Coordinating services for ALR residents

One of the most common reasons why a person may move into an assisted living residence is the fact that they need assistance with their activities of daily living. These ADL’s may include tasks such as assistance with using the restroom, brushing their teeth, getting dressed for the day or even being tucked in for a night’s sleep. That is where we come in- our job is to make our residents feel as independent as possible while providing this delicate care for things they either do not want to do or tasks they cannot perform. For more information on what services the state of Massachusetts expects your residence to perform check out the following regulation:

12.04: General Requirements for an Assisted Living Residence

(2) Service and Service Coordination Requirements.

(a) Each Assisted Living Residence shall designate at least one Service Coordinator. The Service Coordinator shall be qualified by training and experience and shall be responsible for the following:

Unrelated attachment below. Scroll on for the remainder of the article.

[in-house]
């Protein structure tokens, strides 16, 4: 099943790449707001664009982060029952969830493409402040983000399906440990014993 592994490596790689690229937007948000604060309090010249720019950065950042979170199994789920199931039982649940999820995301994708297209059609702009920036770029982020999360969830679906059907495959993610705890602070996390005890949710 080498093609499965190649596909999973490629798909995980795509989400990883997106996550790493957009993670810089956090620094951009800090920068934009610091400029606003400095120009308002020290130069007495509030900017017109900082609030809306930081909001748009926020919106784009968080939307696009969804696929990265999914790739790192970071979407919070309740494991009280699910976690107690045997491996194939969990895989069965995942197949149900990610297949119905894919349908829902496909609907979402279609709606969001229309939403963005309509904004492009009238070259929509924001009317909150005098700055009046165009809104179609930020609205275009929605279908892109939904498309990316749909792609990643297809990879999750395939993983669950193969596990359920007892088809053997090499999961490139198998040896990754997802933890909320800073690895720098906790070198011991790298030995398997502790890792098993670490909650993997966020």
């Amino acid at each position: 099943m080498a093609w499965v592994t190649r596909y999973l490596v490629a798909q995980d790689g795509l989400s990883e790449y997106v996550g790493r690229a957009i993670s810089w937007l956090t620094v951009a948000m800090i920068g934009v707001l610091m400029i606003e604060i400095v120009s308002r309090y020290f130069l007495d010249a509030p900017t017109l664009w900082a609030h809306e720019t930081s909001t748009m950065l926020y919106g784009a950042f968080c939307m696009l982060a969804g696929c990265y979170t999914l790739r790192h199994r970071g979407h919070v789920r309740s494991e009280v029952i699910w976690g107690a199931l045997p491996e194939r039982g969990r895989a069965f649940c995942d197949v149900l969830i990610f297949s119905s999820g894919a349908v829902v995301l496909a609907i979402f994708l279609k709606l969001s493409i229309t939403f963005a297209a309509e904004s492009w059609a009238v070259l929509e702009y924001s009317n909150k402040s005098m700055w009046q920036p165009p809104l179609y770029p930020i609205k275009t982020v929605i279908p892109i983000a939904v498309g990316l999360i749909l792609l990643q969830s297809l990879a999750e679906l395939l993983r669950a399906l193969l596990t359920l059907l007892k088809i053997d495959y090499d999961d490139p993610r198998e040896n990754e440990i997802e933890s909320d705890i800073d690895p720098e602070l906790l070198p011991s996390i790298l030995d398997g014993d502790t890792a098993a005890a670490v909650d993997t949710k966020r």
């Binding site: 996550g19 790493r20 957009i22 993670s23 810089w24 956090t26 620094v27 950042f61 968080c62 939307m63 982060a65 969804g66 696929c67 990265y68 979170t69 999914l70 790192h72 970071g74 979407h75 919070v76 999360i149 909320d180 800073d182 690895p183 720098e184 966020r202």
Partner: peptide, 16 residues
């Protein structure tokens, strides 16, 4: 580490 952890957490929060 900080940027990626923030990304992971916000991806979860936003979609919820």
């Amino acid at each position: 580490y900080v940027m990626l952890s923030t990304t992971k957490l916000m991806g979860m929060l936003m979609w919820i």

1. Reviewing with the Resident the assessment and service options available to address needs and preferences identified under 651 CMR 12.04(6) and (7);
  2. Implementation of the service plan developed under 651 CMR 12.04(7);
  3. Monitoring the Resident’s needs and the services provided by the Residence to address those needs;
  4. Coordinating with and participating in the Quality Improvement and Assurance program, as set forth under 651 CMR 12.04(10); and
  5. Maintaining complete and accurate records of service plans.

(b) The Sponsor of the Assisted Living Residence shall provide or arrange for the provision of the following services by personnel meeting standards for professional qualifications and training set forth in 651 CMR 12.05, 12.07, and 12.08: